In FIG. 7, the flow chart describes the method of reading bar code symbols carried out by the laser scanning based bar coded reader 100 shown in FIGS. 5 and 6 and described above.

As indicated at Block A in FIG. 7, the system controller determines if an object has been detected in the field of view (FOV). When the system is operating in its manually-triggered mode, this operation can be achieved by the user pulling the manually pulling trigger switch 5A. When the system is operating in its automatically-triggered mode of operation, this operation can be achieved by the object detection subsystem automatically detecting the presence of an object within the field of view (FOV) of the system.

In the event that an object is detected, then the object is scanned with a beam of visible laser illumination generated by VLD 112A, at Block B.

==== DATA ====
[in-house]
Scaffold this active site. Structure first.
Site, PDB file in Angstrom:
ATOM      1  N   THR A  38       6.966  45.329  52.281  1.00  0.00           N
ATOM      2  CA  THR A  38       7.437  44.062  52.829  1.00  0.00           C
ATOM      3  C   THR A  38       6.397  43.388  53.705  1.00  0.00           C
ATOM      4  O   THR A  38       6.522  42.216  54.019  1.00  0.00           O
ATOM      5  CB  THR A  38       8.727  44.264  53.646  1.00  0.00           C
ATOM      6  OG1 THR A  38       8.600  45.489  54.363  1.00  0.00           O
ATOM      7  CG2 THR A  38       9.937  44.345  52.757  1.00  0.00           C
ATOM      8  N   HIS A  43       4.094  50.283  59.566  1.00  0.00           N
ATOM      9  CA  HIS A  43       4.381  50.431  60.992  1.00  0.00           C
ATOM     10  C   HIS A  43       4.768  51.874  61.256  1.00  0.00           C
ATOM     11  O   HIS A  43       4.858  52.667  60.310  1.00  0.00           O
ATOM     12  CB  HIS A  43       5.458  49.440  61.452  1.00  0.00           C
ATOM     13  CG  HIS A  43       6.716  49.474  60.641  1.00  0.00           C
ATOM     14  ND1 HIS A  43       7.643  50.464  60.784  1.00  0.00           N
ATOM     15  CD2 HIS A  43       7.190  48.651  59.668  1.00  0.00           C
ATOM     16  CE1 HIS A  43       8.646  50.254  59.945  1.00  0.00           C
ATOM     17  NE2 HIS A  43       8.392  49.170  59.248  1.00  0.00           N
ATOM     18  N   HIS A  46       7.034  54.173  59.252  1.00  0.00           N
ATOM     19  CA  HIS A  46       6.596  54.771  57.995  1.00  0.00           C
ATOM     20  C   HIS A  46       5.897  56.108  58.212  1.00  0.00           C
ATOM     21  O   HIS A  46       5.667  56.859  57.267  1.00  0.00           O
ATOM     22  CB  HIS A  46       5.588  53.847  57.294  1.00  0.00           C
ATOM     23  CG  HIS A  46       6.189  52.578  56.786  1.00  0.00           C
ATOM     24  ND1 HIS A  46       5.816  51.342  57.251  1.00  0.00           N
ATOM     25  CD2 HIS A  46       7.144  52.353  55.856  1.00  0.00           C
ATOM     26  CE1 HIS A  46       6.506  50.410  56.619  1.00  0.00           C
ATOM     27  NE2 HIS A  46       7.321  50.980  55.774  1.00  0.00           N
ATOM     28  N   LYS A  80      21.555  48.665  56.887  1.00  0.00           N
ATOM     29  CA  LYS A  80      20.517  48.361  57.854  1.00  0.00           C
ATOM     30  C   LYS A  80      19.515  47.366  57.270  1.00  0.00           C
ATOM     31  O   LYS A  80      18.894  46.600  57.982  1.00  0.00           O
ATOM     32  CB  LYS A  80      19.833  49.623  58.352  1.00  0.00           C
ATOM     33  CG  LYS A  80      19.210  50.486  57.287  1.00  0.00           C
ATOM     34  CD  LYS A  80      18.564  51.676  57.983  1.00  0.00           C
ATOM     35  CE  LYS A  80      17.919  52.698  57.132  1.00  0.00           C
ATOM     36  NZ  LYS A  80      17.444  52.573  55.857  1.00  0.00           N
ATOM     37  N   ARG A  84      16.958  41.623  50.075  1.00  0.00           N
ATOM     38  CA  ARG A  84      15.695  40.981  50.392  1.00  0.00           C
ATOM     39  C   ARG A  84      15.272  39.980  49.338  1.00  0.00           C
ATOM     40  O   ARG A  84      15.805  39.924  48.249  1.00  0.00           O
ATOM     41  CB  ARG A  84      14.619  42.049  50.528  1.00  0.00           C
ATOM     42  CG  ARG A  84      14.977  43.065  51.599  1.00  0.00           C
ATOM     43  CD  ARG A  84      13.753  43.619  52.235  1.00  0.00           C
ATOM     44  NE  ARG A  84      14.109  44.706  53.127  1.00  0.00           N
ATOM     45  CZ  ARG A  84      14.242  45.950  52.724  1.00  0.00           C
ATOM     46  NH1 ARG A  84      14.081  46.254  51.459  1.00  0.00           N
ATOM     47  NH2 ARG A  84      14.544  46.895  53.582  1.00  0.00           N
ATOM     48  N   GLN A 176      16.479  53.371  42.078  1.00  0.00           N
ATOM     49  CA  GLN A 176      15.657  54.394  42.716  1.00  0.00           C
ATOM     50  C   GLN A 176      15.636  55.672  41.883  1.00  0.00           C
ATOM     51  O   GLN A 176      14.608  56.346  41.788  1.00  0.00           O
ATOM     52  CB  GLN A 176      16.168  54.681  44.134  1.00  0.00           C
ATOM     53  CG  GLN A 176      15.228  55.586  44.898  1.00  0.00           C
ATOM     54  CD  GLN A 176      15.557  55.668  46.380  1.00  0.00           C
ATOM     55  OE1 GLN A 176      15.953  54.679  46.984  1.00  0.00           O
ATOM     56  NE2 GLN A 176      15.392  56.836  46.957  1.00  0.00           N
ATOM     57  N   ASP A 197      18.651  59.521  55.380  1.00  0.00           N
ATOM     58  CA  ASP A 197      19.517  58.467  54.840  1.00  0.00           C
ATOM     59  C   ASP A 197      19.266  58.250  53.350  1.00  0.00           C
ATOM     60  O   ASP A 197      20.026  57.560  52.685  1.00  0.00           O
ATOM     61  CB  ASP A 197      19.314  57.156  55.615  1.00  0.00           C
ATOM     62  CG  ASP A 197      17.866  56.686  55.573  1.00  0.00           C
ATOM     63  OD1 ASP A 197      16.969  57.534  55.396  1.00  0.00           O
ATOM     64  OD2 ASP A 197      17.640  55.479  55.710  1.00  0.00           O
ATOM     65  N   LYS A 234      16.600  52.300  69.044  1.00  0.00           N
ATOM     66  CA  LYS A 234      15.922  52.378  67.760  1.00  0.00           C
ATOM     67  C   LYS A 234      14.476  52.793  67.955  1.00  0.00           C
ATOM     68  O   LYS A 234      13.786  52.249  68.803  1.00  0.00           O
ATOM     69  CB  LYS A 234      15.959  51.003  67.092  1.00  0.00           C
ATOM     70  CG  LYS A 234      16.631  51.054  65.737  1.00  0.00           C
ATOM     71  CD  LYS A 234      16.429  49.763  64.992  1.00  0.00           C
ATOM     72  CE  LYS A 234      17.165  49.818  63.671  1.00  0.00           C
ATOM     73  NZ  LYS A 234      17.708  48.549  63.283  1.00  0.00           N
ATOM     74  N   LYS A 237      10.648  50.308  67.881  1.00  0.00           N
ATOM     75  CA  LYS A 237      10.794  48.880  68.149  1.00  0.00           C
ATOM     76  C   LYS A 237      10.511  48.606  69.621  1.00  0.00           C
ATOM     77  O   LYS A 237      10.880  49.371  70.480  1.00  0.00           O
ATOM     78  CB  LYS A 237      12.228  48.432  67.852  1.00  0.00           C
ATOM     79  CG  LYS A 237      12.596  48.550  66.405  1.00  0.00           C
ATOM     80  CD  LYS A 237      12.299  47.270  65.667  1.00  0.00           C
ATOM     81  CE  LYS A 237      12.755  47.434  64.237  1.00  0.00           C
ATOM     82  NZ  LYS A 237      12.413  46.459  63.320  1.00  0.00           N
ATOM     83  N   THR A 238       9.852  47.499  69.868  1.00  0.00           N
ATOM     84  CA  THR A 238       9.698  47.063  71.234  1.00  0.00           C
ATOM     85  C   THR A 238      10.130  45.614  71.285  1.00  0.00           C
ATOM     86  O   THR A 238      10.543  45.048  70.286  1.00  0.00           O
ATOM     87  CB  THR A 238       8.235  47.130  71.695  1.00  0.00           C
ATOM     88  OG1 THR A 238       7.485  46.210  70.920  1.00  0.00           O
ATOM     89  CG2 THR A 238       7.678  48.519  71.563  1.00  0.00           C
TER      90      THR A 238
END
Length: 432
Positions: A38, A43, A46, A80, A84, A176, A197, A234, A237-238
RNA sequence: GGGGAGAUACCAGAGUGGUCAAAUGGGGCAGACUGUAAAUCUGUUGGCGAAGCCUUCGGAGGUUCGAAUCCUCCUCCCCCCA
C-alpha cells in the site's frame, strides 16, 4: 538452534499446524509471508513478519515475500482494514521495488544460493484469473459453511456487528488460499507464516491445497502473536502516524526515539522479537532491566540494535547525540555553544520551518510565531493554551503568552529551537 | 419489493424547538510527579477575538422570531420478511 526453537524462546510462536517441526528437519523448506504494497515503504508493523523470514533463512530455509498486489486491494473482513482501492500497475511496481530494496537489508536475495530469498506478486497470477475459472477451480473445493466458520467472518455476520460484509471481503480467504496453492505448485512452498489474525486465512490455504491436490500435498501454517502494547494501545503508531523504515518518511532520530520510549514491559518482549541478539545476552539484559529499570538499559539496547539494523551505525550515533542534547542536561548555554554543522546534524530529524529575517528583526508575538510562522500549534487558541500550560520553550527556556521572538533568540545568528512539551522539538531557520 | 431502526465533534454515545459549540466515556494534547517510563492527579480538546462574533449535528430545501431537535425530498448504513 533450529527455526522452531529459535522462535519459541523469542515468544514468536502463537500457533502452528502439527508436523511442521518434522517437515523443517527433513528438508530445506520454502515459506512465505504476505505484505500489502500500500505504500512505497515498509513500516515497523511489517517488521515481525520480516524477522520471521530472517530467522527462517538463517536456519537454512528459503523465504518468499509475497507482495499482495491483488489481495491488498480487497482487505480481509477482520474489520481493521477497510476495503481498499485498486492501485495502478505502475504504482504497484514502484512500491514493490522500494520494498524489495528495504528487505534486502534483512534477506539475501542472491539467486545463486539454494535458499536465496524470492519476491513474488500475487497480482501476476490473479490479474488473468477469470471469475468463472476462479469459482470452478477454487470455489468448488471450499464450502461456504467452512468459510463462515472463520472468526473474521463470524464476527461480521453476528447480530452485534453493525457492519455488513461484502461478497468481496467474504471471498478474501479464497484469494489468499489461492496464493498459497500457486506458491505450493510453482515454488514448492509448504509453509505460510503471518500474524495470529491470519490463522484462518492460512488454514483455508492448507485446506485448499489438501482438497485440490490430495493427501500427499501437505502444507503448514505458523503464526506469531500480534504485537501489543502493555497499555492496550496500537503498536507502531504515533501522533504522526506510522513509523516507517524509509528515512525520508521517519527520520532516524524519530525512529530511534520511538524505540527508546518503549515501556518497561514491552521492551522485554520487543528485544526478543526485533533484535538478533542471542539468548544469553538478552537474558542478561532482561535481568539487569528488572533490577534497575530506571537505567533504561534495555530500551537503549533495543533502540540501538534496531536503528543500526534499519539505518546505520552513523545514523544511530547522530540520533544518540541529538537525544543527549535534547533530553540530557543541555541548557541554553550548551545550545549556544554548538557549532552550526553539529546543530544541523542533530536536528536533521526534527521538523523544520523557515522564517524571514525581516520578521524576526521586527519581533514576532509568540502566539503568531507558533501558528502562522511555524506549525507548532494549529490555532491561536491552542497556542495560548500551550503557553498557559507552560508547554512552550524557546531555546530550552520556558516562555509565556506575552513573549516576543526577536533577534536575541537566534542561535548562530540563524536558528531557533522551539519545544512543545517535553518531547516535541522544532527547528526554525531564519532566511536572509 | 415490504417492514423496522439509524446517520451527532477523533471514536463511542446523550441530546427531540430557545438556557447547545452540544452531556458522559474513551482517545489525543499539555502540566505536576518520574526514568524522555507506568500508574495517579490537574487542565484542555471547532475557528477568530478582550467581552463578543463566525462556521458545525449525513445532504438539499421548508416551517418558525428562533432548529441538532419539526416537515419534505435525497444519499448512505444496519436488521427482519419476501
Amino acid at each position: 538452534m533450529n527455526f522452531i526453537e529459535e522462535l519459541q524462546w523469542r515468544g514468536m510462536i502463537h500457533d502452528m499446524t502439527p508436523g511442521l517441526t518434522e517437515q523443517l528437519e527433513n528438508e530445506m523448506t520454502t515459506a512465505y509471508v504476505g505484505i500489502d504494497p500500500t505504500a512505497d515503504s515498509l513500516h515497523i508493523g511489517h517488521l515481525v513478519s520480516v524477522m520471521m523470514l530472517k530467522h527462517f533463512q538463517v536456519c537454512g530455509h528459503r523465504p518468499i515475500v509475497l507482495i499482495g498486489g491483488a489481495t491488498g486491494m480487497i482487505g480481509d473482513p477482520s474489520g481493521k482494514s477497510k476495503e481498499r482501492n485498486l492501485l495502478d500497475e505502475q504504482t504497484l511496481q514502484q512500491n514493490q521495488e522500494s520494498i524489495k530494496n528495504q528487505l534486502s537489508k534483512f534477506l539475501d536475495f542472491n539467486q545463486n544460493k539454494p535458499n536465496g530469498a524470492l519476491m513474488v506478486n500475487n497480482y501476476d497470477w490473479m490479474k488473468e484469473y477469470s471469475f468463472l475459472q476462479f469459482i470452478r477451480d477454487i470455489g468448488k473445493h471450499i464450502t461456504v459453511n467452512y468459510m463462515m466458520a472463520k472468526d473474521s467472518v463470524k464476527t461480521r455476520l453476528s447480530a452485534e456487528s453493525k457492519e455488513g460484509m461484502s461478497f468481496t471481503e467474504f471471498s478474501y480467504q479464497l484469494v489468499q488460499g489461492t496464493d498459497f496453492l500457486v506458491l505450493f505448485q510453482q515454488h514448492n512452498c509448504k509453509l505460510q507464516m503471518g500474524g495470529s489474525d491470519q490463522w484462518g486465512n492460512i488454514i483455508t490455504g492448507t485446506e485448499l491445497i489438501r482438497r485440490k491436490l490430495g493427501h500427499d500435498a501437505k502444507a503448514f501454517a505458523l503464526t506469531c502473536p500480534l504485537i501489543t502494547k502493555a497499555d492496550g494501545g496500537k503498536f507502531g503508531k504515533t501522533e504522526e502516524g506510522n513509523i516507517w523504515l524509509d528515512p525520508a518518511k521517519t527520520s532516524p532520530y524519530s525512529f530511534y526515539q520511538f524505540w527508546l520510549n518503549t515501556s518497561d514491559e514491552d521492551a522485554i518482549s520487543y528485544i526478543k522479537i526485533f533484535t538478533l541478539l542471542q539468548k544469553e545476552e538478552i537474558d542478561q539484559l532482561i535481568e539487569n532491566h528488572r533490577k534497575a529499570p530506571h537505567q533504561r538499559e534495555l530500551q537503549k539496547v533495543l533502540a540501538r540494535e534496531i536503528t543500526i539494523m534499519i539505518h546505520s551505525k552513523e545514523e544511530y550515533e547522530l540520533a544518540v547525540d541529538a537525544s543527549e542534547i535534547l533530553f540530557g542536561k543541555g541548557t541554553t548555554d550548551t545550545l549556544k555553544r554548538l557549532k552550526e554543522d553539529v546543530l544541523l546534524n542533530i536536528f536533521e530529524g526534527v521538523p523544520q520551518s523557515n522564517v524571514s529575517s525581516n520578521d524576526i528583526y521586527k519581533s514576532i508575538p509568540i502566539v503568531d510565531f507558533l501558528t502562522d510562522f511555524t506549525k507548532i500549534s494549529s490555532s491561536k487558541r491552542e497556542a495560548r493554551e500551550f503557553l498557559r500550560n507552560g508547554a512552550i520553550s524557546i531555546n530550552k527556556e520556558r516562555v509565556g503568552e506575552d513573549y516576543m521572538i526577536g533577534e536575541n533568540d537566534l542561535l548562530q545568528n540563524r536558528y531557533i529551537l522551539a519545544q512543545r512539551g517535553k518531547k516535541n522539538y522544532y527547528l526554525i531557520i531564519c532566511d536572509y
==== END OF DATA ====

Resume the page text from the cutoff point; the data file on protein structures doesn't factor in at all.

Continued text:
At Block C, the system controller 150 runs a decode algorithm on the captured scan data, and if at Block D, a bar code symbol is decodable, then at Block E, the bar code symbol is decoded and the symbol character data is transmitted to the host system. If, however, at Block D a bar code symbol is not decodable, then the system controller 150 determines at Block F whether or not the maximum scan attempt threshold has been reached, and if not, then the system controller 150 returns to Block B, and resumes the flow as indicated. However, if at Block F, the system controller 150 determines that the maximum scan attempt threshold has been accomplished, then the system controller 150 proceeds to Block G and scans the object using an invisible (e.g. IR) laser illumination beam, generated by IR VD 112B.